Around the world in five signature drinks
The iconic Singapore Sling cocktail at its birthplace, the Long Bar at Raffles Hotel. (Kevin Clogstoun/LPI)
There is a certain romance to sipping a cocktail in a strange city, and there is no better way to make friends than to buy a round for your fellow travellers. Here are some of the classics and the best places to drink them!
The Singapore Sling
This cocktail was invented in the early 20th Century by bartender Ngiam Tong Boon while he was working at the Long Bar in the Raffles Hotel, in Singapore. The drink is essentially a sweet red concoction which comprises pineapple juice, gin and Cointreau, among other ingredients.
While the atmosphere is a little contrived and the drink is overpriced and mass-produced to cope with demand, there really is no better place to sample the Singapore Sling. Tourists pack the colonial-inspired bar where they can munch on peanuts and toss the shells on the polished floorboards while imbibing their $30 cocktail.
This famous drink, made traditionally with gin, dry vermouth and garnished with an olive was invented in the US and probably gained its fame thanks for Ian Fleming's James Bond. For the classic (and anti-Bond) experience, have it stirred, not shaken.
The bar at the iconic Algonquin Hotel in New York serves up the world's most expensive martini. At $1,000, the "Martini on the Rock" is strictly for the rich and, perhaps, the crazy. It is a regular martini except for the replacement of the olive with a half-carat diamond. While you are there, look out for New York's oldest bartender, Hoy Wong. He was still serving drinks at age 94 at last count.
The Piña Colada
Legend has it that Piña Colada was invented by Caribe Hilton's bartender, Ramón "Monchito" Romero, after three months of experimentation. The original recipe included white rum, pineapple juice and cream of coconut. Puerto Rico's government recognised its contribution to the world at large by declaring it the national drink in 1978.
Head to the Oasis Bar at the Caribe Hilton in San Juan. While it is now missing all the glamour and tiki-chic of the heady '50s, it is the birthplace of the piña colada.
Not be outdone by Puerto Rico, Cuba has its own variation of sweet rum-based drinks. Like most other drinks of legend, the origins of the daiquiri are shrouded in myth and quite often disputed. One legend has it that a bunch of American mining engineers working in Santiago de Cuba came up with the concoction in 1900, though the recipe involving white rum, lime juice and syrup has been around in some form or another since the 1700s. Hemingway and JFK were both big fans of this particular tipple.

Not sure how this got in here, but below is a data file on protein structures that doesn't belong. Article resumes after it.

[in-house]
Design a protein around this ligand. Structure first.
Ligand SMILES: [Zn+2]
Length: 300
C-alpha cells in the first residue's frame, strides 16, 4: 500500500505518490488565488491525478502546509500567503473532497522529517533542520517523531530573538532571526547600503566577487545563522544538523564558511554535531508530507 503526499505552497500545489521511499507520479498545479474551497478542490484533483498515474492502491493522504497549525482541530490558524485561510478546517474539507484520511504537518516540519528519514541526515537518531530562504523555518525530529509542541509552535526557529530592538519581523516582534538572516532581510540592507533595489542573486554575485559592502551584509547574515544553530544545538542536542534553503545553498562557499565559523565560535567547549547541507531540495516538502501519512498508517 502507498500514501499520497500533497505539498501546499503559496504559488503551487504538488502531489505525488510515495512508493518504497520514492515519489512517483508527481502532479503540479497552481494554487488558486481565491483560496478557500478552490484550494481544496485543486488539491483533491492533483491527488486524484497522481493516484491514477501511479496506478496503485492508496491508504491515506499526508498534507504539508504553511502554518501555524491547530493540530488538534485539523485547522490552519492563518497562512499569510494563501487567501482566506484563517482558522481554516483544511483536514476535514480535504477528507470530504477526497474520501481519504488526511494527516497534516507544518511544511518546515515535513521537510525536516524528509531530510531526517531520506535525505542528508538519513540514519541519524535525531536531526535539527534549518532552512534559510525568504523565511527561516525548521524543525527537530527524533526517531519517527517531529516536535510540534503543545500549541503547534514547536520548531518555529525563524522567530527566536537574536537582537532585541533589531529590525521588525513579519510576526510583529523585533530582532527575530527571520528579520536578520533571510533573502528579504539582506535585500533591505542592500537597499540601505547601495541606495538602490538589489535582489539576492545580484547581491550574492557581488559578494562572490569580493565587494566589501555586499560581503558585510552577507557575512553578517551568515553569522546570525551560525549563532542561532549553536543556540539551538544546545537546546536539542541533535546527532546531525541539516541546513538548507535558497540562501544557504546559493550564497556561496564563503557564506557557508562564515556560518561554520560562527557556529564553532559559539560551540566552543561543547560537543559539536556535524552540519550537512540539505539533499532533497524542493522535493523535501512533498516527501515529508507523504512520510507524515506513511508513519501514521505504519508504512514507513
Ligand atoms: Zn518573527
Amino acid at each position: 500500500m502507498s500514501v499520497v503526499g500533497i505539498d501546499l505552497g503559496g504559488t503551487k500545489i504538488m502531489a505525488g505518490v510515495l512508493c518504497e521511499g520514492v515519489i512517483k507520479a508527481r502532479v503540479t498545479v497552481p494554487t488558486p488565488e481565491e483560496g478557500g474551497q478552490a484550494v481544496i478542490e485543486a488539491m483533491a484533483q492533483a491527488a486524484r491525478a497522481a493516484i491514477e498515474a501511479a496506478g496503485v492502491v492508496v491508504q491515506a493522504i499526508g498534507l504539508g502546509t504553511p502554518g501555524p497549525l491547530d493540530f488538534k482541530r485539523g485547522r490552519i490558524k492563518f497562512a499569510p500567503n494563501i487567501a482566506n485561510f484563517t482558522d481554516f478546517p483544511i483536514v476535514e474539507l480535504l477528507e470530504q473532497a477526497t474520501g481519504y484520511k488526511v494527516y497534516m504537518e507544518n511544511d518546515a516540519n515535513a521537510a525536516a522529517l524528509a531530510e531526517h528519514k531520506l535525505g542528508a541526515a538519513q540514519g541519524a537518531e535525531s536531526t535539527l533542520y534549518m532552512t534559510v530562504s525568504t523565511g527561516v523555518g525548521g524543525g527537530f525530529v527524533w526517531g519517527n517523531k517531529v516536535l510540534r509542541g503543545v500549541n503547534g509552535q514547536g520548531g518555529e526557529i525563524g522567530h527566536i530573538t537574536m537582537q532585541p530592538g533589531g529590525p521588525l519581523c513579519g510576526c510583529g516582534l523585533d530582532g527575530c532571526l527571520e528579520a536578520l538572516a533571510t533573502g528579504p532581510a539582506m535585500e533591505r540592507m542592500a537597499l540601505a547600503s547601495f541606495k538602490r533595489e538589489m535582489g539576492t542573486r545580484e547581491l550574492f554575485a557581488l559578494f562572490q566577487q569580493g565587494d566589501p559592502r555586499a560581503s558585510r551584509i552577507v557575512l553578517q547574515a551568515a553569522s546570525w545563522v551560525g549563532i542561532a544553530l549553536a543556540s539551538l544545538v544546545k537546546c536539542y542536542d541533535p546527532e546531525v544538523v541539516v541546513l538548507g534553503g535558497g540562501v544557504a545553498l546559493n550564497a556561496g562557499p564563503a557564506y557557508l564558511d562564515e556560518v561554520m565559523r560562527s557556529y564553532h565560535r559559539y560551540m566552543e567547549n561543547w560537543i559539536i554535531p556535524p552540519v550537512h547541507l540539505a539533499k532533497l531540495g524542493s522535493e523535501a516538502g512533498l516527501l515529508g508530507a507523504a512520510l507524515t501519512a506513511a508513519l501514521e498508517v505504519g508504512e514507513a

Head to the source for a classic daiquiri - the El Floradita bar in Havana. It was once a Hemingway haunt and this old school bar is still serving the drink, complete with a bronze impression of Hemingway leaning on the bar with a book by his side.
Sake, aka Nihonshū (rice wine), is Japan's national beverage, and the variety of grades, flavours and regions of origin can be astounding. Although many visitors to Japan arrive assuming that sake should be drunk hot (and indeed this can be quite satisfying on a cold Tokyo night), purists would never dream of drinking a higher grade sake (such as dai-ginjō) any way but chilled. The website www.sake-world.com has a concise yet comprehensive guide to different types of sake.
Interestingly, sake is falling out of favour with the younger generation, while the potent shōchū (liquor distilled from grains or sweet potato, for example) is becoming ever more popular. Taste testing shōchū onzarokku (on the rocks) is a great way to sample the different flavours.